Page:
I have always thought a pigeon hide is a great place to test a gun and gauge how well it suits you.
Depending on the wind, the weather and the position of the hide, pigeons can present a real variety of shots; incoming, outgoing, close-in, on the edge of range, quartering either way, rising, dropping, speeding-up, slowing-down, even flying right overhead.
In the hide for the whole day, you have time to inspect the gun repeatedly each time there is a lull in activity. You also get to observe it and feel its mechanisms working when pressed into action during flurries of incomers.
Recoil, stock fit, balance and ‘like-ability’, all get properly assessed over the eight or ten hours a full day’s decoying can encompass. Away from the distractions and pressures of a driven shoot, the hide provides a great testing ground.
Many are the days I have taken three or four newly acquired vintage guns pigeon shooting to assess whether each one is a keeper or needs to be moved on. I have always asserted that a beautiful gun I can’t shoot is useless and must go.
In July this year, I was invited to join Paul Payne in Essex to help protect a pea crop close to harvest time from the hoards of wood pigeons feeding on them.
Paul is a life-long pigeon shooter and a student of the art, having shared a hide with all the greats of the past and present, including Archie Coats, Peter Theobald and Will Garfit.
He has some unconventional ideas about the sport, claiming that ‘shiny plastic decoys work fine, light coloured nets provide better cover for human faces and hands than do dark green ones and that hides do not need to be very elaborate or well disguised. He prefers to set up in the middle of a field if he can and even uses a huge umbrella for shade when the sun is too hot!
both guns have 30” Damascus barrels and neither cost me more than £650
The key tactic is controlled movement. Get up slowly when the bird is committed to landing and it won’t even see you. Paul shoots his trusty old Miroku. I, however, took a W. Thorn of Pall Mall, 12-bore, bar action hammer gun with non-rebound locks and a Jones-lever action.
As back up, I had an 1885, 16-bore Stephen Grant bar-action hammer gun with side-lever and rebounding locks. Both guns have 30” Damascus barrels and neither cost me more than £650 to buy, though the Grant required a fair bit of restoration.
The Grant is quite tightly choked, certainly in the left barrel, while the Thorn has no choke at all, having been made in 1873 or ’74, just before Greener excited everyone with his 1875 press announcement that he had perfected choke boring.
My 12-bore cartridges were a mixture of what I had left in game bags from last season; mostly Hull High Pheasant, Gamebore Pure Gold and an assortment of odds and ends. All were fibre wad, 28 or 30 grams and No.6 shot.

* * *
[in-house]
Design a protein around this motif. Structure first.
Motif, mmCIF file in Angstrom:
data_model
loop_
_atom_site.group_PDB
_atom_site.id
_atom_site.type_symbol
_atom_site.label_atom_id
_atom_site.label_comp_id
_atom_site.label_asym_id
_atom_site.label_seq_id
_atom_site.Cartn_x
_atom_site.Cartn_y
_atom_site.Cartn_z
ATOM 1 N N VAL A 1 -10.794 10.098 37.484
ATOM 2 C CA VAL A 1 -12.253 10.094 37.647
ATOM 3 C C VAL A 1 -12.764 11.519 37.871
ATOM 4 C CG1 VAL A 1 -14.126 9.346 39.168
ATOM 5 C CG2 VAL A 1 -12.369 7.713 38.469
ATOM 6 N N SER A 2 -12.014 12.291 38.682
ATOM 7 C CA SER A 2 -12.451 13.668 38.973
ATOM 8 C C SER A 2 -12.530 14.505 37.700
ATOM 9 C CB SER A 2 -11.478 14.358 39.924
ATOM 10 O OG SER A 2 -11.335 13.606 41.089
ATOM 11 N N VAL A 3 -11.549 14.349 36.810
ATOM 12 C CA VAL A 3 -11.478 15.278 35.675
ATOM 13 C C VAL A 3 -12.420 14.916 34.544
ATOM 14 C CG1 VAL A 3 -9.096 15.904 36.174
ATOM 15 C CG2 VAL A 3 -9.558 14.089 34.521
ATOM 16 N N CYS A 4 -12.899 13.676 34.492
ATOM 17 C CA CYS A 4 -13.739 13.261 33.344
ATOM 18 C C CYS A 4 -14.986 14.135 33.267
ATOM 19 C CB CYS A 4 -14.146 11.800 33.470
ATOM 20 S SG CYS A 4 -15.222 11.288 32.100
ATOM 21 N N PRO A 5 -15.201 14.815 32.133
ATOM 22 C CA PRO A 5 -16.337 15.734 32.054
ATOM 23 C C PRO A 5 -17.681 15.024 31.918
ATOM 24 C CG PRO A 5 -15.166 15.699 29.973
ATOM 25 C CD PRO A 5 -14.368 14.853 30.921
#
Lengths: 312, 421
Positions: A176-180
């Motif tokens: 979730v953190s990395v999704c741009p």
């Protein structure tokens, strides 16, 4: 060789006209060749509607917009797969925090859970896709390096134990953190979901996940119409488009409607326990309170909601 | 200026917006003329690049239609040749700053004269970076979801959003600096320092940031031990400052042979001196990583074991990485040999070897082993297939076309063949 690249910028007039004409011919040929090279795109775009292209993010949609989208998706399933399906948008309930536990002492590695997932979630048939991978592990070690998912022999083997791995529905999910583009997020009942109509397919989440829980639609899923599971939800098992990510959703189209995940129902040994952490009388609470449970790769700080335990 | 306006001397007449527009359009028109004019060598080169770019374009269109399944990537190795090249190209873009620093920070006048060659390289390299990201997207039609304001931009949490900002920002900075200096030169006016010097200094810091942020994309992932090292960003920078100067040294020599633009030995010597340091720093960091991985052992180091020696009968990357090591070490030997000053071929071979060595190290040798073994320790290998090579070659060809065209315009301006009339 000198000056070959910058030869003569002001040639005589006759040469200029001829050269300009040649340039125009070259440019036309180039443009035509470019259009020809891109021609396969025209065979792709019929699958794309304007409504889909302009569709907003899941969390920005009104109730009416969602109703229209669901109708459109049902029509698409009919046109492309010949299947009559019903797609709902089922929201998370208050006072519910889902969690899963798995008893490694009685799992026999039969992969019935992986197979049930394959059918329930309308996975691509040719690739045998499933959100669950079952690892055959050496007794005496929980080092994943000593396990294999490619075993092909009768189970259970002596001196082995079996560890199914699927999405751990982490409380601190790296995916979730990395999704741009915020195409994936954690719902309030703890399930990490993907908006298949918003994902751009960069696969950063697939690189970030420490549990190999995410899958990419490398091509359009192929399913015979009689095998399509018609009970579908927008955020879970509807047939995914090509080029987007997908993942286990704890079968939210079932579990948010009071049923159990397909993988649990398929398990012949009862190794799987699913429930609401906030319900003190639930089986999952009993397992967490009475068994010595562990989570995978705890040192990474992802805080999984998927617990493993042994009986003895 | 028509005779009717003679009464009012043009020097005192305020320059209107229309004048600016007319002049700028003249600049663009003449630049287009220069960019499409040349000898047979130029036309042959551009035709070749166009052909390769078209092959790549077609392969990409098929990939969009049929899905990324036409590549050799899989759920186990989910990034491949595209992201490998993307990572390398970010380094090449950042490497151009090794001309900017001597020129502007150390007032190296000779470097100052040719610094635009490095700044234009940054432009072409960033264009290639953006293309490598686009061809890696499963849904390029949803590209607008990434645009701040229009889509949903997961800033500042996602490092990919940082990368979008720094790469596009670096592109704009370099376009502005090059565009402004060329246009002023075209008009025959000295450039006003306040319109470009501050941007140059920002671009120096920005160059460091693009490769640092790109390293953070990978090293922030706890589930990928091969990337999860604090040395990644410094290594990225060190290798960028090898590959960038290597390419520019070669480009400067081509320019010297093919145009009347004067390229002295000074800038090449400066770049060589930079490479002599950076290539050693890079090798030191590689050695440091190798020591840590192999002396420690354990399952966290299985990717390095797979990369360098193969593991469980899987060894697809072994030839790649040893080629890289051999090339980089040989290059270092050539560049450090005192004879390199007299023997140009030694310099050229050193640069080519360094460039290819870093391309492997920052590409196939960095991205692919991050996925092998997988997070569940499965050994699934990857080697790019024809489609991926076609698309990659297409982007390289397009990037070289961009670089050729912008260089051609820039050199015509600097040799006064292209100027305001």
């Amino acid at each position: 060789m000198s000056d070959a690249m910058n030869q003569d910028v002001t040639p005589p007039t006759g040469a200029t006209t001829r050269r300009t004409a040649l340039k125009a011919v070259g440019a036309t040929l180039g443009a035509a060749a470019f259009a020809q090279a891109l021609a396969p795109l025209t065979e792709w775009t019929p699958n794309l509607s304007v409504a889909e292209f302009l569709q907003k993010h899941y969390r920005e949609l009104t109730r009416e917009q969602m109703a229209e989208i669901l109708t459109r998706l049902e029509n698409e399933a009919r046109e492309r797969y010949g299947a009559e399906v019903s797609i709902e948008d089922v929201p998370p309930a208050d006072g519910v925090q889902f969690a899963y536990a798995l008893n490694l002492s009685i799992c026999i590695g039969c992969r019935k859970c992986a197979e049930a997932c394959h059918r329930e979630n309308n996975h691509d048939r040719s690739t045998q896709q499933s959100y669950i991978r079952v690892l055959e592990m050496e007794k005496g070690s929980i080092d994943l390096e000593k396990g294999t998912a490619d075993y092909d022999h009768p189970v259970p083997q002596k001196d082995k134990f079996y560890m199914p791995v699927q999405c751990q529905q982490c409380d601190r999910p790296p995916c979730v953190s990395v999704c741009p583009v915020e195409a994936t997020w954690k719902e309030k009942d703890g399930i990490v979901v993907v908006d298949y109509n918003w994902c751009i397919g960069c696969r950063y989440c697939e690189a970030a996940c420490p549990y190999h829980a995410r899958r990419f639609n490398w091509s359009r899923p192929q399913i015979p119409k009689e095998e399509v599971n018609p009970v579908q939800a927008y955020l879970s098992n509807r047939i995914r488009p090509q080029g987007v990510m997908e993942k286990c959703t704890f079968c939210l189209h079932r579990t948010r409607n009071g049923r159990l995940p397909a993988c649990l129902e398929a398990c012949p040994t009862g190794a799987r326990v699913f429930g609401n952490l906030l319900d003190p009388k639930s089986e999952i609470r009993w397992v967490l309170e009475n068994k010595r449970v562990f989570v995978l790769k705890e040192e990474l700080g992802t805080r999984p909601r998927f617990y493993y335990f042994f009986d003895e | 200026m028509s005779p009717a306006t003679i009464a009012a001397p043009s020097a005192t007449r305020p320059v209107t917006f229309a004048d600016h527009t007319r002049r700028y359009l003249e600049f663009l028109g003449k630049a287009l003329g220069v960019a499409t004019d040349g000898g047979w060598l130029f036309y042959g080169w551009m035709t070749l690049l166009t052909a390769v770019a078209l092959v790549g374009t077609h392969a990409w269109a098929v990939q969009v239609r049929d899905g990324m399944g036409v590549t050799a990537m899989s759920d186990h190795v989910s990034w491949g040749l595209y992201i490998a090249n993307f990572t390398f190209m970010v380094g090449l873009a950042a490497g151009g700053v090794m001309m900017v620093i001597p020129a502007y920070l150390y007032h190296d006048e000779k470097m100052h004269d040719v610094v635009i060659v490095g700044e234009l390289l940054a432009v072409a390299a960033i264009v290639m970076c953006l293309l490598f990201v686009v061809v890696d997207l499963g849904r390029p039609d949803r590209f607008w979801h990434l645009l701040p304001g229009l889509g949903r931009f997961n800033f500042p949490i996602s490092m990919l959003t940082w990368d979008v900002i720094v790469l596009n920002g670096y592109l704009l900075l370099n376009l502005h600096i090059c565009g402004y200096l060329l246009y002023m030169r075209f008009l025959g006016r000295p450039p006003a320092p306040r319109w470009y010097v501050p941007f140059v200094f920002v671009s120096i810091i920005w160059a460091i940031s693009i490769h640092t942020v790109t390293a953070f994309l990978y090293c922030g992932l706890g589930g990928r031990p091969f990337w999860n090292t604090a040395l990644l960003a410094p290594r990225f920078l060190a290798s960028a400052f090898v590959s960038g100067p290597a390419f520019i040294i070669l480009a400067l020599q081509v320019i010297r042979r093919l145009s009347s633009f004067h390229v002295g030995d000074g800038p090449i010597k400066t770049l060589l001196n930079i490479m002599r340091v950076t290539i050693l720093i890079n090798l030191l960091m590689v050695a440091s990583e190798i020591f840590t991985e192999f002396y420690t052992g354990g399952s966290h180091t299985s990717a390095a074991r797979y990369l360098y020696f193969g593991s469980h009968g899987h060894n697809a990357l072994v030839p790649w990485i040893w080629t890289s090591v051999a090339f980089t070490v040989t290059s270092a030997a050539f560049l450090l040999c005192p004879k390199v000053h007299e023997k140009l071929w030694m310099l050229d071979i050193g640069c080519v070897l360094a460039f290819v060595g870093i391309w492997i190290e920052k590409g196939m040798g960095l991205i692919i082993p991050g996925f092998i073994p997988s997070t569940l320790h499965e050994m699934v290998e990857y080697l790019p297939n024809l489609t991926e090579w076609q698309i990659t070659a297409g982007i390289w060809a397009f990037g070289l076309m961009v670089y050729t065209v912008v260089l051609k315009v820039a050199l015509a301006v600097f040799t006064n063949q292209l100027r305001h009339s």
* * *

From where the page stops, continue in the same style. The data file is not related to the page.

The 16-bore shells were Gamebore Regal, Eley VIP paper-case or old Eley Grand Prix in plastic cases. These were mostly 26 gram or 28 gram, No.5 or No.6 shot and all fibre wad. I have often lamented the fact that while it is possible to buy 21 gram 12-bore cartridges, the lightest 16-bore load I can reliably find is 25 grams. This is not really a problem for game shooting but it does make simulated driven days expensive and harder-recoiling than ideal, when using a sixteen.
Paul set-up the hide, the sun was out and the promised forecast of cloud and wind didn’t materialise. Instead, we cooked under blue skies and direct sunshine, until Paul set-up the dreaded umbrella! That provided some welcome shade and, to my surprise, didn’t seem to deter the pigeons at all.
with the temperature dropping a little, we started to see more birds
We enticed a few towards the decoy, magnet and flapper set-up we had and they provided intermittent opportunities throughout the day. By four o’clock we had close to fifty. Then, with the temperature dropping a little, we started to see more birds in the air and the shooting got busier. For safety, we had only one gun loaded at a time and took turns to shoot.
I alternated between the two guns, loading from different cartridge bags, with only the relevant one open at any time. By the time we decided to head home for supper, we had one-hundred-and-twenty birds on the floor.
It took an hour to collect them up, deconstruct the hide and pack everything into the Land Rover. Then a quick telephone call to a chap who would be waiting to collect the shot birds that evening (he uses them to feed his prize-winning ferrets).
That afternoon reminded me what great sport pigeon shooting provides, while protecting a valuable crop from the ravages of multiple hungry mouths and re-connecting with some of my favourite guns in a different context.
It also underlined the fact that we never stop learning. Paul is a true master of his art and listening to him, watching him set-up his decoys, flappers and hide and, of course shoot, was an education.
There is something meditative about pigeon shooting, it forces you to sit, relax, focus and be in the moment for a whole day, ignoring the usual demands and distractions of daily life and business. Doing it with beautiful old hammer guns makes it more so.
It also gives you time to think about your shooting and make mental adjustments. I think it makes you a better and more considered shot. I used to do a lot of pigeon shooting but have fallen out of the habit in recent years. I plan to to do more of it in future. A lot more.
Published by Vintage Guns Ltd on (modified )